some of the work of the kingdom of God,
needs to be sent to cast out some of the
devils of the present day, to find how little
such devils recognize sham godliness. One
reason hypocrisy is so possible in the church of
to-day is that its enterprises do not put heavy
and long strain on the godliness of its mem-
bers, revealing falsity. Emerson thinks there
is no cave in all the world to hide a rogue.
But a lifeless, inactive, undemanding church is
a great refuge for sham Christians. Whenever
the church or any of its members finds that
the evils which it combats do not disappear,
that the devils whom it calls out do not come
forth, the question at once arises whether the
church has not more of the form of godliness
than of godliness itself. When the experts are
testing opium for commerce, they pour a cer-
tain liquid into the specimen, a liquid against
which the drug will at once set to work. If


Z\)c Discomfiture of Ibi^pocrites

it is pure, it will win against it ; if it is adulter-
ated, it will disintegrate and go to pieces in
presence of it. Let the church get down to
solid, straining, spiritual effort, let it test its
members on some thoroughly Christian work,
and its hypocrites will be revealed and their
revelation will be their correction. I remember
a striking paragraph in Professor Seth's Ethi-
cal Principles in which he declares that the
lesson of the book of Ecclesiastes is the lesson
of work, the lesson that in activity, in deeds,
lies man^s real hope. He calls it Carlyle's
lesson and illustrates it with the cases of Esau,
of Tito in George Eliot's Eomola, of Steven-
son's Markheim, of Calibar in The Tempest.
But is it not the lesson of the whole book
of God and the whole book of life ? Surely it
is the deeper meaning of the word of Jesus:
"If any man willeth to do His will, he shall John 7:7.
know of the doctrine, whether it be of God.''
Let us watch any man set to do the work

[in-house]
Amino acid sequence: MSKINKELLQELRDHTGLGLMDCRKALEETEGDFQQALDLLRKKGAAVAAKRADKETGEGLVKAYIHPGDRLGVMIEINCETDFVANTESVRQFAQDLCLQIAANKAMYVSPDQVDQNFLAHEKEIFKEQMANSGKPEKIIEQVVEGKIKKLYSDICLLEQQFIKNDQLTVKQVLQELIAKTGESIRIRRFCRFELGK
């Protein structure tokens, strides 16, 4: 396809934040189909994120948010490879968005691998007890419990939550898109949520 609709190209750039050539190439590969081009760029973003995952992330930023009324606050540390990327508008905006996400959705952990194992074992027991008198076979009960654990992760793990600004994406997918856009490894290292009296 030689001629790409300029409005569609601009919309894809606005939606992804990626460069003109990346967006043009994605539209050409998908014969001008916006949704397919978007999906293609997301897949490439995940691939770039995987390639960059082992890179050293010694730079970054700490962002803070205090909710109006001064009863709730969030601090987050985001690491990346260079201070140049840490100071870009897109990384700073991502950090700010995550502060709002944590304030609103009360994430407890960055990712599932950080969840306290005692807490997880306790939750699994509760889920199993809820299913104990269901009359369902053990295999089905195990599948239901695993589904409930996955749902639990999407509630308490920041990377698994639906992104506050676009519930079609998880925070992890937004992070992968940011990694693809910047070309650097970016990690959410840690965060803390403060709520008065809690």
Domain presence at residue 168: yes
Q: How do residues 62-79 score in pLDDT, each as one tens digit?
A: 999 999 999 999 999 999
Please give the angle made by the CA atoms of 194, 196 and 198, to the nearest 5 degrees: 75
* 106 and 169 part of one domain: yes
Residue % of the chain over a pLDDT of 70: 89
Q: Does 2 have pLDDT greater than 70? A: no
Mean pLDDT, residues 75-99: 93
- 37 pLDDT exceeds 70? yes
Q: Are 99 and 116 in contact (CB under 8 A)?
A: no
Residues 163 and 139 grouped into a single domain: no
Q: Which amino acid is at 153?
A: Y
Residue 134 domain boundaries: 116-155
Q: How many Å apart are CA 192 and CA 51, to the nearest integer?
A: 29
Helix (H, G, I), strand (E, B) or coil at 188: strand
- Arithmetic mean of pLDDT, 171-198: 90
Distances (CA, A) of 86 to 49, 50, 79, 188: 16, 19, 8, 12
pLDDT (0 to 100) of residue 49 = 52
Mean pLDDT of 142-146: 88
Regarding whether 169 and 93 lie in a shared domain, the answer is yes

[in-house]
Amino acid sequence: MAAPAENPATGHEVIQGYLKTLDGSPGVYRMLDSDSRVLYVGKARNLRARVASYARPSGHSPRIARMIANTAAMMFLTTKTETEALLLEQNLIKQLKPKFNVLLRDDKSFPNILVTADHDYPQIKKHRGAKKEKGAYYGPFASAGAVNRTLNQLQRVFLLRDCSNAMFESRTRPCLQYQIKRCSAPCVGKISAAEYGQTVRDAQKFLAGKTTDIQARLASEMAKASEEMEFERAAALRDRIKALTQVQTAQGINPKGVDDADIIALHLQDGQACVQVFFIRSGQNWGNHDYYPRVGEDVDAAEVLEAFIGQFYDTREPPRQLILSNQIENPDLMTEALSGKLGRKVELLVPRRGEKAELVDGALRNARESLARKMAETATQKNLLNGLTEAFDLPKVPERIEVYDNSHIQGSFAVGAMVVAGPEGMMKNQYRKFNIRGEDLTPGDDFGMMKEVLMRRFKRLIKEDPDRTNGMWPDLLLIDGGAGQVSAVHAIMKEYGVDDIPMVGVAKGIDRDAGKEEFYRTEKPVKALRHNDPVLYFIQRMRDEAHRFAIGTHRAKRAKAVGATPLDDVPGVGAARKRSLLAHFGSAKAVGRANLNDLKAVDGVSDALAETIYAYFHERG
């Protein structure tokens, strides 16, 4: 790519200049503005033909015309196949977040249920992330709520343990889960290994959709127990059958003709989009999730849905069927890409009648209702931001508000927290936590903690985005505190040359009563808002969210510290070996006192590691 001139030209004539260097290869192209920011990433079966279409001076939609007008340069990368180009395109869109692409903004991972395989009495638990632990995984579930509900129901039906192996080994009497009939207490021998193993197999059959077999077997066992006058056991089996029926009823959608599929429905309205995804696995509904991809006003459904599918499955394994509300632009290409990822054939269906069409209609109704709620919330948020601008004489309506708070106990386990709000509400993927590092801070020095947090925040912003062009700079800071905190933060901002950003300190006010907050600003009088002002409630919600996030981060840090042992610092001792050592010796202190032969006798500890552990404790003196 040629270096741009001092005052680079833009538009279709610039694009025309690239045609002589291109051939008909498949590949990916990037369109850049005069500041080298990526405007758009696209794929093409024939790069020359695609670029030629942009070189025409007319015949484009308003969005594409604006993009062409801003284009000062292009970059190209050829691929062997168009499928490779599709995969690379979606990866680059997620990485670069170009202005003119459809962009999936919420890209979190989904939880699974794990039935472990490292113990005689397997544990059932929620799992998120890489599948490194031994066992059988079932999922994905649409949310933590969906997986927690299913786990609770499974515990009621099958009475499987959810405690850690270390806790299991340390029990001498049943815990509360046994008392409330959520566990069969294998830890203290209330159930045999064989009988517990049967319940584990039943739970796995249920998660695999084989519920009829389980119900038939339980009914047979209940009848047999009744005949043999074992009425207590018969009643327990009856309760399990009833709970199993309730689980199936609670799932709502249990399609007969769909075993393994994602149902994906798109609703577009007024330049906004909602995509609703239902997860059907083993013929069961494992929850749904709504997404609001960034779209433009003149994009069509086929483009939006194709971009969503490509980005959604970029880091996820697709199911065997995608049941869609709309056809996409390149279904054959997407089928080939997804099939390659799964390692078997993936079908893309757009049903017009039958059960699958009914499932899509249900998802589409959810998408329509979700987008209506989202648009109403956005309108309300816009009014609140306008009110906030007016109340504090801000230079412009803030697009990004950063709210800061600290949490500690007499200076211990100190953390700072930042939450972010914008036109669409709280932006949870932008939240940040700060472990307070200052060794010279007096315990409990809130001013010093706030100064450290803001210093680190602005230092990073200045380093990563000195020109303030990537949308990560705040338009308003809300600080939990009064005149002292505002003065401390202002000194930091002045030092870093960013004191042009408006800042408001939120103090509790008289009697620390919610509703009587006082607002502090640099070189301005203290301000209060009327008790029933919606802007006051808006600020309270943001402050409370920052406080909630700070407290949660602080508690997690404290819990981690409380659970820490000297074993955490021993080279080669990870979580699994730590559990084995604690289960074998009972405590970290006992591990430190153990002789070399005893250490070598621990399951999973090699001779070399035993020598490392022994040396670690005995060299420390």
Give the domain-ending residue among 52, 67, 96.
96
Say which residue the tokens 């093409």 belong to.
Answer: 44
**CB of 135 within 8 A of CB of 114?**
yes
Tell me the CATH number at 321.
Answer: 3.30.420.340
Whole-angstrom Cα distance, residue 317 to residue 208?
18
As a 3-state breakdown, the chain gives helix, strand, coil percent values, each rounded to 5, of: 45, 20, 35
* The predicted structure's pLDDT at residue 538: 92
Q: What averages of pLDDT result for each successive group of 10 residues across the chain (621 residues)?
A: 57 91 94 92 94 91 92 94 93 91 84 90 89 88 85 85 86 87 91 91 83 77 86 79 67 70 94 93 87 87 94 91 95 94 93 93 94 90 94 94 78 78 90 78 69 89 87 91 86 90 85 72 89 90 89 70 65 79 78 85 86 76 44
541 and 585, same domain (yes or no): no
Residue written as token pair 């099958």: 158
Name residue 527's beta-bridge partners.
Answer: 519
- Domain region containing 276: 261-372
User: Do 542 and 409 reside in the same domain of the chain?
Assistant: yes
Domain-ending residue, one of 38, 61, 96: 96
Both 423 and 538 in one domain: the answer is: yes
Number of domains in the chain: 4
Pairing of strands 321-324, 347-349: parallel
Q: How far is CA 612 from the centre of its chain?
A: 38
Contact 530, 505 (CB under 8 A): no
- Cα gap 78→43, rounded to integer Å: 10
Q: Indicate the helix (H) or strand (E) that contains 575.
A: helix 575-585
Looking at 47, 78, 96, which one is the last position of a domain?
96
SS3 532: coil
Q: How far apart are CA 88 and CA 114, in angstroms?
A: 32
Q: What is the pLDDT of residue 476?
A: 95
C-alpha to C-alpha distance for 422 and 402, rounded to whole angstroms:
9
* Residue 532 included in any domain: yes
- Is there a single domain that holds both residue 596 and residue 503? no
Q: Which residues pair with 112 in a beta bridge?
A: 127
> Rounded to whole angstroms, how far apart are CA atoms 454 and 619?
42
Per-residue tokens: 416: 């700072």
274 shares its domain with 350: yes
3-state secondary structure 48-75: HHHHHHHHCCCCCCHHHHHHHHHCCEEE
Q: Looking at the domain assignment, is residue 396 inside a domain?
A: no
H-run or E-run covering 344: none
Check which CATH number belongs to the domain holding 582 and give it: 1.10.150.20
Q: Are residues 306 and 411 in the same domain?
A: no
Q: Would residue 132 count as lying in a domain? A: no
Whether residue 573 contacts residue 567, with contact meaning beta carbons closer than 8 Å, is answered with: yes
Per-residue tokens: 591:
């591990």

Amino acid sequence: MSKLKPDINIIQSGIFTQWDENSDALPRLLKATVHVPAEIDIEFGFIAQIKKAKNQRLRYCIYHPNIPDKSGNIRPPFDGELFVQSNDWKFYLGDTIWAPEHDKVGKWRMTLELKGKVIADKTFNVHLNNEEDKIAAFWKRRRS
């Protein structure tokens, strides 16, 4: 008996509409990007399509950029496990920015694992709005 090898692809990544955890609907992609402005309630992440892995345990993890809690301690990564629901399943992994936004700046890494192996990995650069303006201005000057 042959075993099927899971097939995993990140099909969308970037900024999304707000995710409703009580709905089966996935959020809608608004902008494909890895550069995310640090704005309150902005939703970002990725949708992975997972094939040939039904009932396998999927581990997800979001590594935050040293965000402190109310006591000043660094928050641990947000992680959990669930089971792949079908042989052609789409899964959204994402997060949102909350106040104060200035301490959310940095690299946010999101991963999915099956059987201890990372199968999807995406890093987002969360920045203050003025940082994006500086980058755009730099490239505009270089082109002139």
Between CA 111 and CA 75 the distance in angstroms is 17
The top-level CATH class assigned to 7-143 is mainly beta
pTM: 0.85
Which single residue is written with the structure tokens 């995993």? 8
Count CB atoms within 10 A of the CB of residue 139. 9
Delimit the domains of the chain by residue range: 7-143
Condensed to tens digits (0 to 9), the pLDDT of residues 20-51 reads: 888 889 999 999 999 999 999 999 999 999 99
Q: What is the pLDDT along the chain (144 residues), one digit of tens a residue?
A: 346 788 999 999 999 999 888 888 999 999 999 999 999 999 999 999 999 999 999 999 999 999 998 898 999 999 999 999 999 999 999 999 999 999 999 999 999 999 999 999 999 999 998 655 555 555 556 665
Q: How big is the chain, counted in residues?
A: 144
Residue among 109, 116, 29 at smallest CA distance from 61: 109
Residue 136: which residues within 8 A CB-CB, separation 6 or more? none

which calls for spiritual power, not for mere
shrewdness and energy and ingenuity, but for
real spiritual power, and we shall know him
for honest or hypocrite.

The discomfiture of hypocrites will come


Zbc Growing Cburcb

about through no process of discipline, the
condition is too subtle for that; it will come
about through the creation of an atmosphere
in the church which will make the dishonest
man wretched and will lead him to expose him-
self. It will come about through the under-
taking of tasks worthy of the strength which
the church claims. It is in presence of the
tasks of the church that hypocrisy reveals its
feebleness. If all the people of the church
undertook its work, and tried to cast out the
demons that are in the world, it would soon be
known who have the power of religion and who
have only its form. An aggressive, spiritual
church, busy with souls, is no refuge for


Ube Cbanget) %ivcs ot tbe Converts


WE HAVE already noted the fact of the
separation of the church from the
world as an essential in its growth. Beside it
we must now place another fact of the Ephe-
sian church which helps to explain its growth,
namely, the effect which the gospel had on the
converts. They became different not only
from the world, but also from their former
selves. The account says they came in large Actsi9:i8.
numbers and confessed and showed their deeds.
Some who had practiced sorcery and witch-
craft came and told the charms which they
had used and in presence of the people burned
their books and their charms. When the gospel
took hold on them, it made a difference with
them. You knew they were different by two
facts: they were ready to come out publicly
for the new faith, and they were willing to
give up a great deal in its behalf. There is
always reason to question the entire loyalty of
a believer when you find him wanting to re-


Ube Growing Cbiircb

A cheap

A man made

ceive his salvation at as little cost as possible.
A few months ago a young woman talked to
me about coming into my church, saying, "I
wouldn^t join such-and-such a church; it's too
strict; but your church lets people dance,
doesn't it?" I doubt if I made it clear to her
that the great question is not what the Chris-
tian can still do for the world, but what he
can do for his cross-bearing Master. Her heart
was set on a following which should cost her
nothing. There is room, also, to question the
heartiness of the faith of a believer who talks
very much about the possibility of being a
Christian outside the church. Of course it is
possible, but is it fair ? Was the Master secret-
ly crucified? Did He slip through life with
no public bearing of the sin load? If the
saved soul had a passion for its Savior, it would
cry out for chance to declare its allegiance.

Three generations ago a young Jew named
Mendel was living in Germany. He became a
Christian, and the truth of Christ came to
him with such transforming effect that he took
a new name at his baptism and called him-